Cloud utility: migration scenarios

When developing a migration strategy, businesses lay out a plan for how they’ll go about migrating each of the apps in their portfolio and in what order. This plan should be flexible since they make changes as they go along and learn more.

The architecture and existing licencing arrangements define the complexity of migrating current applications. As an example, a virtualized, service-oriented architecture is low complexity, while a monolithic mainframe is high complexity. It is best practice to start with anything of low complexity, which will bring about immediate positive outcomes.

Here are the most frequent migration scenarios for utilities to consider:

Applications Rehosting  

If the organisation is looking to scale its transition quickly because a business case requires, it makes sense for most applications to be rehosted. There are many benefits to it. First, the process takes less time, especially when it is automated, and the TCO often goes down by about 30%. 

Second, as long as the toolchain is integrated and the team learns about cloud-native architectures, it becomes easier to re-architect and keep re-inventing applications that run in the cloud. 

Rethinking the applications’ architecture with utility cloud services 

Re-architecting is more time-consuming and generally more expensive. But at the end of the day, it can bring about a healthy ROI if the company aims at the culture’s reboot and if the application has a strong product-market fit.

This strategy works better if there is an urge to improve business agility or performance (through new features, scaling, etc.) In contrast, it would be challenging to accomplish such goals in the applications’ current environment. That is, when there is a need to switch from a monolithic architecture to a service-oriented (or server-less) one.


This strategy is somewhere between rehosting and rearchitecting. Replatforming means improving the app by making small changes to take advantage of cloud-native features instead of doing a full re-architecture, which takes a lot of time and work. In this case, an IT specialist makes a few cloud (or other) improvements to get a concrete benefit but is not altering the application’s fundamental architecture.


This process means moving to another product. In most cases, it is a move to a SaaS platform. To illustrate, IT execs regard migrating a CRM to Salesforce, for example; HR processes to PeopleStrong; content management systems to Joomla.

“Turn off” the unnecessary

Once the team knows what’s in the environment, they could ask who owns each application in each functional area. During the process, up to 10% of an organization’s IT portfolio might be no longer necessary and can be switched off. Such savings improve business performance, focus the team’s attention on mission-critical things in business, and decrease the surface area that needs to be secured.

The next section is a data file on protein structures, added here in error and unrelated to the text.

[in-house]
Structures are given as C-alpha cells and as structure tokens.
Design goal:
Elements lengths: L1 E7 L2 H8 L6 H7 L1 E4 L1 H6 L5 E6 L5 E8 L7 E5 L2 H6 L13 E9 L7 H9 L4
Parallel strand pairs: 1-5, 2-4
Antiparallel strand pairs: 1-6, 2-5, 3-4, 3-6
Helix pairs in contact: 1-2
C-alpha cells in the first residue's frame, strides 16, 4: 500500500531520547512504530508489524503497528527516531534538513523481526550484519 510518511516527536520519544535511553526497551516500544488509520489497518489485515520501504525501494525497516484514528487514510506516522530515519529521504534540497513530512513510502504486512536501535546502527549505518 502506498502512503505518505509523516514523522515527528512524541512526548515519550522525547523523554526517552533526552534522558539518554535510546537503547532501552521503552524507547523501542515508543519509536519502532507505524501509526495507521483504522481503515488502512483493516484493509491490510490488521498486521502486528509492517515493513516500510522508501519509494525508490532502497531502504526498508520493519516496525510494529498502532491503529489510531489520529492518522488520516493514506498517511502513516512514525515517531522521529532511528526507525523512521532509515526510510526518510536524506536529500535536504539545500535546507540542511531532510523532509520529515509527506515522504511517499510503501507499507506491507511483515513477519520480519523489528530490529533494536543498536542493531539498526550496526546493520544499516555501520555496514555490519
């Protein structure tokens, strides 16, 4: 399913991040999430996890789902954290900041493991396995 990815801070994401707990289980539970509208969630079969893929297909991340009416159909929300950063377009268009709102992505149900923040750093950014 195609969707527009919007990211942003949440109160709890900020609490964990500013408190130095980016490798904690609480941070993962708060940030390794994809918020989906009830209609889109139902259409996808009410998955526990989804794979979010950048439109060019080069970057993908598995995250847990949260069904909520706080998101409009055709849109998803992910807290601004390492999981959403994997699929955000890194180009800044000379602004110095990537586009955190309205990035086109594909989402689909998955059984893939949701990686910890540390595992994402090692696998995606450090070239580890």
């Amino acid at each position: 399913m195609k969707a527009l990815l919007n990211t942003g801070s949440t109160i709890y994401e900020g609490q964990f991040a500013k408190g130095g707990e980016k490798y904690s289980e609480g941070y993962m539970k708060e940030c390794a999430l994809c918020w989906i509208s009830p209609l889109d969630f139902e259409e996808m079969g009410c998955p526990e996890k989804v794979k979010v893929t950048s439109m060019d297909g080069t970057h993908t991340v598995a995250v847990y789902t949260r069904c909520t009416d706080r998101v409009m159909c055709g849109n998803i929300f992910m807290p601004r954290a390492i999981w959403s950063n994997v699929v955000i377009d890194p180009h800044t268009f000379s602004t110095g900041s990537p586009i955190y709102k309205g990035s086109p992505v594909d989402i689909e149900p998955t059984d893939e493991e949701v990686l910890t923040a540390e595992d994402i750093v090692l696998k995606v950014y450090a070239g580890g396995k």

Change from on-premises to the cloud

It is recommended to move what is most critical for the business in the first place. As long as the team gravitates towards moving the portfolio from on-premise to the cloud, there’s no reason to retain. 

With a cloud-native architecture, it is best to re-architect the apps that affect business capabilities the most (scalability, performance, switching to a DevOps or agile approach, etc.). Or, it makes sense to rehost or replatform the traditional applications that the team wouldn’t otherwise buy, retire, or use again.

Meet MaxBill solution for utilities

cloud utility services: private cloud

MaxBill works out and implements the migration strategy based on clients’ current and future needs and project specifics. The team supports businesses that are just starting their digital transformation or that require the modernization of legacy systems, whatever their cloud journey is. The migration approach includes an upgrade of a customised MaxBill solution to a newer product version. 

The list of services suggests, but is not limited to, SaaS managed services, deployment on AWS and Azure, private cloud in partners’ data centers, Docker and Kubernetes use, compliance with the UK and EU regulation data and hosting security standards, encryption, SaaS user security, etc. 

Based on our experience, security for utility IT leaders is the most critical capability when considering cloud providers. The MaxBill team addresses it by putting security rules in place at all levels of the system, from the application layer to the transport one. For more than ten years, the team has been putting together solutions that are safe, flexible, and ready for the cloud.

Are you looking for a powerful SaaS solution for utilities and want to talk about how to upgrade? Reach out to our pros and let’s have a meaningful conversation.